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Accounting firms are reluctant to work with Binance
Though the reinforced PoR system shows the exchange backs user funds, there are concerns that it's insufficient to provide the desired transparency, and an audit is needed. Last year, the audit, accounting, and consulting group Mazars released a contentious agreed-upon procedure (AUP) report inaccurately touted as an audit report.
Following the backlash it received, the global firm eventually paused all work with crypto entities on proof-of-reserves reports. Early last month, Binance Head of Asia-Pacific Leon Foong said undergoing this process might take a long time as auditing firms typically lack expertise in crypto. While Deloitte continues auditing the financial reports of Coinbase, it, alongside fellow big four accounting firms KPMG, Ernst & Young, and PricewaterhouseCoopers, are unwilling to work with Binance.
Binance.US wins legal battle to conclude the purchase of Voyager Digital's assets
Binance's US operating side Binance.US this week came out on top in its dispute involving the SEC. The exchange was granted the right to purchase defunct Voyager Digital's assets after a four-day hearing. Bankruptcy judge of the Southern District of New York, Michael Wiles, authorized the parties to progress with the deal, rejecting several arguments by the regulator. In his ruling, Judge Wiles said the SEC's arguments lacked specificity and failed to provide sufficient evidence to support its claims of a possible violation of securities laws. He added that the Commission had delayed until the last minute before lodging complaints about its reservations.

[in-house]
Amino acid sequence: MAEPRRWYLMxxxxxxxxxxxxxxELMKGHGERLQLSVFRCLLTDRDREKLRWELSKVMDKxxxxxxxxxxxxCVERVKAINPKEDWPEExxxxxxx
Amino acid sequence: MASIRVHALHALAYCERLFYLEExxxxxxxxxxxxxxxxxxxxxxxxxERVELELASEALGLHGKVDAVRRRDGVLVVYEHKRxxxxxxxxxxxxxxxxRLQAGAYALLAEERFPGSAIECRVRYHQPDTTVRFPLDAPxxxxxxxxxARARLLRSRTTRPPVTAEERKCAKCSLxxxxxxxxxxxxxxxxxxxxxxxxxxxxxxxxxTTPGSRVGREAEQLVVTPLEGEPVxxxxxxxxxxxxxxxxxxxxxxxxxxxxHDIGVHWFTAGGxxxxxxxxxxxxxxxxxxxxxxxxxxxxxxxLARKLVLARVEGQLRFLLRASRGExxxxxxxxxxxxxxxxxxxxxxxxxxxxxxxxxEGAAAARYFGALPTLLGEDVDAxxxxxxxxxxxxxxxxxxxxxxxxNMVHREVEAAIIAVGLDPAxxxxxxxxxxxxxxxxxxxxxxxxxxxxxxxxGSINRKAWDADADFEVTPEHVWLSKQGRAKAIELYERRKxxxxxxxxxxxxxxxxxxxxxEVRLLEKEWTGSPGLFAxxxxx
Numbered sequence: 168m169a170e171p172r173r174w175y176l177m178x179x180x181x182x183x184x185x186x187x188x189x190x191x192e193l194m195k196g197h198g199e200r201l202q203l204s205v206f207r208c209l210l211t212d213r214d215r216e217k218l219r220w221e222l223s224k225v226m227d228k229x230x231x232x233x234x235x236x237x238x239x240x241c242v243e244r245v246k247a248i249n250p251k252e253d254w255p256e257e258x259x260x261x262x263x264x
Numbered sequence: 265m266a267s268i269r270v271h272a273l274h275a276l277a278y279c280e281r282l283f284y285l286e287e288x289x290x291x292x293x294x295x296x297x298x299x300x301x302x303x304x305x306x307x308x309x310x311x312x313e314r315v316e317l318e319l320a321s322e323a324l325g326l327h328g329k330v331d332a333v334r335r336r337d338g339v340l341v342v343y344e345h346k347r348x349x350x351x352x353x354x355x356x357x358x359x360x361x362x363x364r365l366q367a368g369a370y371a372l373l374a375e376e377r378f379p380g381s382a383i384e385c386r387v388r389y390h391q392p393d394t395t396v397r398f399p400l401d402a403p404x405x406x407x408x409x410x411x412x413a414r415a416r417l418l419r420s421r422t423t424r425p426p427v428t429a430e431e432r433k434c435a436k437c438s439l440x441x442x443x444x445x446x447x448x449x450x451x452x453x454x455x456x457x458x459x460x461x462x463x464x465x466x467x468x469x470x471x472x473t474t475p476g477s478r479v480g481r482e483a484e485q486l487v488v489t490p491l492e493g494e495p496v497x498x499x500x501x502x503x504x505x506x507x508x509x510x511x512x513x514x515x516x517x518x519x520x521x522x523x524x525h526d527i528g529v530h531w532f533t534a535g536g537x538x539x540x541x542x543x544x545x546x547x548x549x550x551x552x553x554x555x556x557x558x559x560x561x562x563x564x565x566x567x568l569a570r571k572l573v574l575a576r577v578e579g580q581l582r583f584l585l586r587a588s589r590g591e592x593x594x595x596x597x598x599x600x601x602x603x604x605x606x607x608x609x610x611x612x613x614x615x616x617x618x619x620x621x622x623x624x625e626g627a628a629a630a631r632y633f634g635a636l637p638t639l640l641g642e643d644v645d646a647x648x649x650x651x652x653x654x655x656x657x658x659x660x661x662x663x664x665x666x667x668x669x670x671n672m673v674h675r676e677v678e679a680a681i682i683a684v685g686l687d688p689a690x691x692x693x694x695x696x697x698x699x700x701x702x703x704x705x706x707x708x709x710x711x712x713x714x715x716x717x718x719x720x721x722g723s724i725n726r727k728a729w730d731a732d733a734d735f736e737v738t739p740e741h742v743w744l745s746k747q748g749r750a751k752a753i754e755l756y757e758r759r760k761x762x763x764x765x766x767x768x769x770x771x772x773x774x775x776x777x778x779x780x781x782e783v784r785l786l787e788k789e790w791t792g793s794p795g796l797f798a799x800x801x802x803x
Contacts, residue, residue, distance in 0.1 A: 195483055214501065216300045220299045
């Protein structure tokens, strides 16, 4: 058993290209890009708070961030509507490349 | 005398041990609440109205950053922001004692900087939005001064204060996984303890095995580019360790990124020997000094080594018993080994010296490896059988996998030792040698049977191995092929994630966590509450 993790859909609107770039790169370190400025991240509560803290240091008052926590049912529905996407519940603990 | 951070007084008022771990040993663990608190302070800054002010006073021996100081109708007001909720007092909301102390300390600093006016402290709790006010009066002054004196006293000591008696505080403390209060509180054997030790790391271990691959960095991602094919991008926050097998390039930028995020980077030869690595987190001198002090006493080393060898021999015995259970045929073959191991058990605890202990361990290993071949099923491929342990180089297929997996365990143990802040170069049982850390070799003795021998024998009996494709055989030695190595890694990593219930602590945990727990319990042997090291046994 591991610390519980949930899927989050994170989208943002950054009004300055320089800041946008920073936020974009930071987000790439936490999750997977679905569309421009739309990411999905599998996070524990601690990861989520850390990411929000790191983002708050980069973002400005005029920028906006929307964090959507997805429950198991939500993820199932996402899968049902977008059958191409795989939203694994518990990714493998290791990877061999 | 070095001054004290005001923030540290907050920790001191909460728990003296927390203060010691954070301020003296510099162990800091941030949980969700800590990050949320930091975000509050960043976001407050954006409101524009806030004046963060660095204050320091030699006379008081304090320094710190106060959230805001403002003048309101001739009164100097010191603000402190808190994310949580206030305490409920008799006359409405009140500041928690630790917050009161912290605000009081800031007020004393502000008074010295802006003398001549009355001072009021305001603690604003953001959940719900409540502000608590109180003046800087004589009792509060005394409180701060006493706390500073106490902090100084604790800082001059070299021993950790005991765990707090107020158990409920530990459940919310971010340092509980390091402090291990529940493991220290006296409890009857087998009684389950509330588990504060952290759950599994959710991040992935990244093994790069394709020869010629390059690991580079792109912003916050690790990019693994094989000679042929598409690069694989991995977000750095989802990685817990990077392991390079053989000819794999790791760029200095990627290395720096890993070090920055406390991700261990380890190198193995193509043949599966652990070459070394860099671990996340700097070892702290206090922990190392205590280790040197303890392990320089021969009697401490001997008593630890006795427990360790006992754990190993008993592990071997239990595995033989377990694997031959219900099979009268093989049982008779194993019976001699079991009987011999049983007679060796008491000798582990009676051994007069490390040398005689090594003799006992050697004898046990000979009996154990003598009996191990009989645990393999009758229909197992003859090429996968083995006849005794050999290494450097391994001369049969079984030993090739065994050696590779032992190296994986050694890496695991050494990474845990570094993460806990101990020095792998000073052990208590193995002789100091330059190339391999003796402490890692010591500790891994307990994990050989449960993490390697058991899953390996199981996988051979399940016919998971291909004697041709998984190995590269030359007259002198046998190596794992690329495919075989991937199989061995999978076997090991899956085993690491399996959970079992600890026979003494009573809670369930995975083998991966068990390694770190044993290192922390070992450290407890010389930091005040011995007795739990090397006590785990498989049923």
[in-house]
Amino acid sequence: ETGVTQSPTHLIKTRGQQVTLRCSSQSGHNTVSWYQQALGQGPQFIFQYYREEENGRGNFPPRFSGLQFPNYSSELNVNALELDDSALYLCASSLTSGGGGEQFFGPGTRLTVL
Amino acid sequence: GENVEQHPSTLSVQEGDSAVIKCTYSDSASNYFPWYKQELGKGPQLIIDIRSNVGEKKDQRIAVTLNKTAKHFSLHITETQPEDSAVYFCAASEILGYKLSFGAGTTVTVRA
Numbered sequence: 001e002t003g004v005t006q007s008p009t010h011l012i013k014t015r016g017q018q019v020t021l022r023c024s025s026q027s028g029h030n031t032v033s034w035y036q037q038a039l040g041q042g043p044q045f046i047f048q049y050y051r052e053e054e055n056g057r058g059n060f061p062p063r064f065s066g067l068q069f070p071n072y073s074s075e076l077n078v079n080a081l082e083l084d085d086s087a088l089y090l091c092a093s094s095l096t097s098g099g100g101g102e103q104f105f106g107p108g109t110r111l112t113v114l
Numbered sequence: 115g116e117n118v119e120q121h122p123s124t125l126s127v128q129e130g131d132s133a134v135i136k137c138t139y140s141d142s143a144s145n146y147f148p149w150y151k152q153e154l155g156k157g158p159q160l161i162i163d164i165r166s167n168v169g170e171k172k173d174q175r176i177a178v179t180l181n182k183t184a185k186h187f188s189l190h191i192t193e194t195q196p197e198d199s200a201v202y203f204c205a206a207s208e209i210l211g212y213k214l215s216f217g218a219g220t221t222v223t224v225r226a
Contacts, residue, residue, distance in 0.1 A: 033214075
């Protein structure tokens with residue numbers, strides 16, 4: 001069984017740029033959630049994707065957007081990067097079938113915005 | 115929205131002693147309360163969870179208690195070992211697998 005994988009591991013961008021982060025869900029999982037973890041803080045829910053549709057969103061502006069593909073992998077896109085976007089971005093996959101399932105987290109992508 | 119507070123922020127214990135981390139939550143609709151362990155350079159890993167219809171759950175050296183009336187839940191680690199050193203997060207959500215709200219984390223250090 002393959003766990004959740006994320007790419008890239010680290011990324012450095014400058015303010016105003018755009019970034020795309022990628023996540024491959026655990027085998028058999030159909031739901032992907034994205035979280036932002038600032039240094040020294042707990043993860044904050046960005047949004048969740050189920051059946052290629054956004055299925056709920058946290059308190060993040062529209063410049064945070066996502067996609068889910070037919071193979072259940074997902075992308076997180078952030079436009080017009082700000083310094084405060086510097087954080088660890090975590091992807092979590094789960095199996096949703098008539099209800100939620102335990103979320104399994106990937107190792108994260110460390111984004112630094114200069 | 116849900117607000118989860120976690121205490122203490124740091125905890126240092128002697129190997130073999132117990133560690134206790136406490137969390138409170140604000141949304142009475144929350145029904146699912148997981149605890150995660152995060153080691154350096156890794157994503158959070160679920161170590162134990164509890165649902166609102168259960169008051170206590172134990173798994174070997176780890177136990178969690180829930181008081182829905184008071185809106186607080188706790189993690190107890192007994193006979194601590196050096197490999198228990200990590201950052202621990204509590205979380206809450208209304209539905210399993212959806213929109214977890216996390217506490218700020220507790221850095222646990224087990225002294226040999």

The deal offers Voyager creditors the best recovery option
Binance.US can now go ahead with its $1.3 billion deal, giving back Voyager's creditors as much as 73% recovery of lost assets. Before Voyager customers can receive payment tokens for recovery, some due diligence is pending. The defunct lender has a few weeks to conclude whether to proceed with the sale of assets or self-liquidate to pay back the creditors. Lead investment banker of Voyager Brian Tichenor told the court last Friday that the restructuring plan with Binance.US would result in customers receiving approximately $100 million more than if the company were to liquidate. Customer payouts are also contingent on the outcome of Voyager's legal battle with Alameda Research – it claims $446 million.
Gate to launch a Visa crypto debit card serving European users
Elsewhere in the spotlight today, Gate Group, the company behind Gate.io exchange, announced plans to introduce a Visa crypto debit card available to Europe-based users. The Mar 9 announcement reflects the strategy that exchange companies have resolved to, i.e., increasingly exploring crypto card offerings. The company said a waitlist is open for users in the European Economic Area to register for the Gate Visa crypto debit card to be launched through Gate Global. For utility, cardholders will be able to convert their crypto into fiat and spend the funds for online and in-store purchases in the real world.
The exchange's parent company said it plans to expand the availability of the new card to other regions. Last month, Gate.io revealed plans to expand its operation to Hong Kong. The special administrative region has assumed a receptive tone to digital assets this year in contrast to mainland China. The exchange said it is pursuing permits and licenses to set up shop in the region via proper channels. Gate Group joins a growing list of crypto companies working with Visa, which, alongside MasterCard, were rumored to be mulling a break in their crypto ventures. Wirex, a payments platform, revealed a similar long-term strategic partnership for crypto-enabled debit and prepaid cards in mid-February. The crypto payments app had a previous arrangement featuring crypto-linked visa debit cards in the US. Following the new agreement, the London-based firm can now issue the cards in Asia-Pacific (APAC) and the UK.